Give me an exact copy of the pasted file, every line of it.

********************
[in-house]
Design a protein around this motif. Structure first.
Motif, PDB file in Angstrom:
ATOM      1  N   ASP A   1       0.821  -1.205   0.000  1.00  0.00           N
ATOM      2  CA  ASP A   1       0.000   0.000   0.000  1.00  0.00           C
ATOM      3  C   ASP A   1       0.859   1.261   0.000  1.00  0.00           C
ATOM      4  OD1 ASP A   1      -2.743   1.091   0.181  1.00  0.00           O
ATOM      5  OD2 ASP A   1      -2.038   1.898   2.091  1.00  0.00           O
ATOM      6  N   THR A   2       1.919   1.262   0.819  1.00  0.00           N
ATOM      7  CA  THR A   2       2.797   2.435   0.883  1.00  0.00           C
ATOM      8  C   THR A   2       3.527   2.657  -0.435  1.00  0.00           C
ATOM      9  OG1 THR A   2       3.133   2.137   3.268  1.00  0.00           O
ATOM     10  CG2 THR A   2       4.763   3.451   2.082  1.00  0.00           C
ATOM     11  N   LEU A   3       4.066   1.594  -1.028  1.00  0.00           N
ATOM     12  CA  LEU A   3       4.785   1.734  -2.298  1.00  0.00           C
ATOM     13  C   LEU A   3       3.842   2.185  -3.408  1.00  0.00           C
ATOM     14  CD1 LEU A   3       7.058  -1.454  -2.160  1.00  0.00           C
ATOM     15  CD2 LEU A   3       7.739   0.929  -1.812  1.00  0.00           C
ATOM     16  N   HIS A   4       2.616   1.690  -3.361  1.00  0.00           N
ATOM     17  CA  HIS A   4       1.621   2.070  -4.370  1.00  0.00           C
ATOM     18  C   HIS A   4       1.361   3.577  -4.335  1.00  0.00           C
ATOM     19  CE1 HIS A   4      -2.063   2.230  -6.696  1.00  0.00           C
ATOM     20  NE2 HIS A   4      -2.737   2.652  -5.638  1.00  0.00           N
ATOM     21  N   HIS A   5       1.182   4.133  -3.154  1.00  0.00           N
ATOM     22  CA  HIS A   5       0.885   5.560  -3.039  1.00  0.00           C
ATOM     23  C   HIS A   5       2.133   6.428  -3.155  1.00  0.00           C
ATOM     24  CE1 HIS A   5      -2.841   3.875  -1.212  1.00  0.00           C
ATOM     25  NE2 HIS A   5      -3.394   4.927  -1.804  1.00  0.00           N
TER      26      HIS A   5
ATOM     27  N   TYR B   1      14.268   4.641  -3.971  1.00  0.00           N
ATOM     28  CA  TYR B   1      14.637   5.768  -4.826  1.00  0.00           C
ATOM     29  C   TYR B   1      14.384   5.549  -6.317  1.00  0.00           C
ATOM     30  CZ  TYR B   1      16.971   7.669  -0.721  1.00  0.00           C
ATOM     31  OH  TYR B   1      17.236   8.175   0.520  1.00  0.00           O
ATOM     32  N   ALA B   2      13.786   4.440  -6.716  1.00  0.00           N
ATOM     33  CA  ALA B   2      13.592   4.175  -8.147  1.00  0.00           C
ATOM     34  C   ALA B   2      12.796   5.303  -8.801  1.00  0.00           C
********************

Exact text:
[in-house]
Design a protein around this motif. Structure first.
Motif, PDB file in Angstrom:
ATOM      1  N   ASP A   1       0.821  -1.205   0.000  1.00  0.00           N
ATOM      2  CA  ASP A   1       0.000   0.000   0.000  1.00  0.00           C
ATOM      3  C   ASP A   1       0.859   1.261   0.000  1.00  0.00           C
ATOM      4  OD1 ASP A   1      -2.743   1.091   0.181  1.00  0.00           O
ATOM      5  OD2 ASP A   1      -2.038   1.898   2.091  1.00  0.00           O
ATOM      6  N   THR A   2       1.919   1.262   0.819  1.00  0.00           N
ATOM      7  CA  THR A   2       2.797   2.435   0.883  1.00  0.00           C
ATOM      8  C   THR A   2       3.527   2.657  -0.435  1.00  0.00           C
ATOM      9  OG1 THR A   2       3.133   2.137   3.268  1.00  0.00           O
ATOM     10  CG2 THR A   2       4.763   3.451   2.082  1.00  0.00           C
ATOM     11  N   LEU A   3       4.066   1.594  -1.028  1.00  0.00           N
ATOM     12  CA  LEU A   3       4.785   1.734  -2.298  1.00  0.00           C
ATOM     13  C   LEU A   3       3.842   2.185  -3.408  1.00  0.00           C
ATOM     14  CD1 LEU A   3       7.058  -1.454  -2.160  1.00  0.00           C
ATOM     15  CD2 LEU A   3       7.739   0.929  -1.812  1.00  0.00           C
ATOM     16  N   HIS A   4       2.616   1.690  -3.361  1.00  0.00           N
ATOM     17  CA  HIS A   4       1.621   2.070  -4.370  1.00  0.00           C
ATOM     18  C   HIS A   4       1.361   3.577  -4.335  1.00  0.00           C
ATOM     19  CE1 HIS A   4      -2.063   2.230  -6.696  1.00  0.00           C
ATOM     20  NE2 HIS A   4      -2.737   2.652  -5.638  1.00  0.00           N
ATOM     21  N   HIS A   5       1.182   4.133  -3.154  1.00  0.00           N
ATOM     22  CA  HIS A   5       0.885   5.560  -3.039  1.00  0.00           C
ATOM     23  C   HIS A   5       2.133   6.428  -3.155  1.00  0.00           C
ATOM     24  CE1 HIS A   5      -2.841   3.875  -1.212  1.00  0.00           C
ATOM     25  NE2 HIS A   5      -3.394   4.927  -1.804  1.00  0.00           N
TER      26      HIS A   5
ATOM     27  N   TYR B   1      14.268   4.641  -3.971  1.00  0.00           N
ATOM     28  CA  TYR B   1      14.637   5.768  -4.826  1.00  0.00           C
ATOM     29  C   TYR B   1      14.384   5.549  -6.317  1.00  0.00           C
ATOM     30  CZ  TYR B   1      16.971   7.669  -0.721  1.00  0.00           C
ATOM     31  OH  TYR B   1      17.236   8.175   0.520  1.00  0.00           O
ATOM     32  N   ALA B   2      13.786   4.440  -6.716  1.00  0.00           N
ATOM     33  CA  ALA B   2      13.592   4.175  -8.147  1.00  0.00           C
ATOM     34  C   ALA B   2      12.796   5.303  -8.801  1.00  0.00           C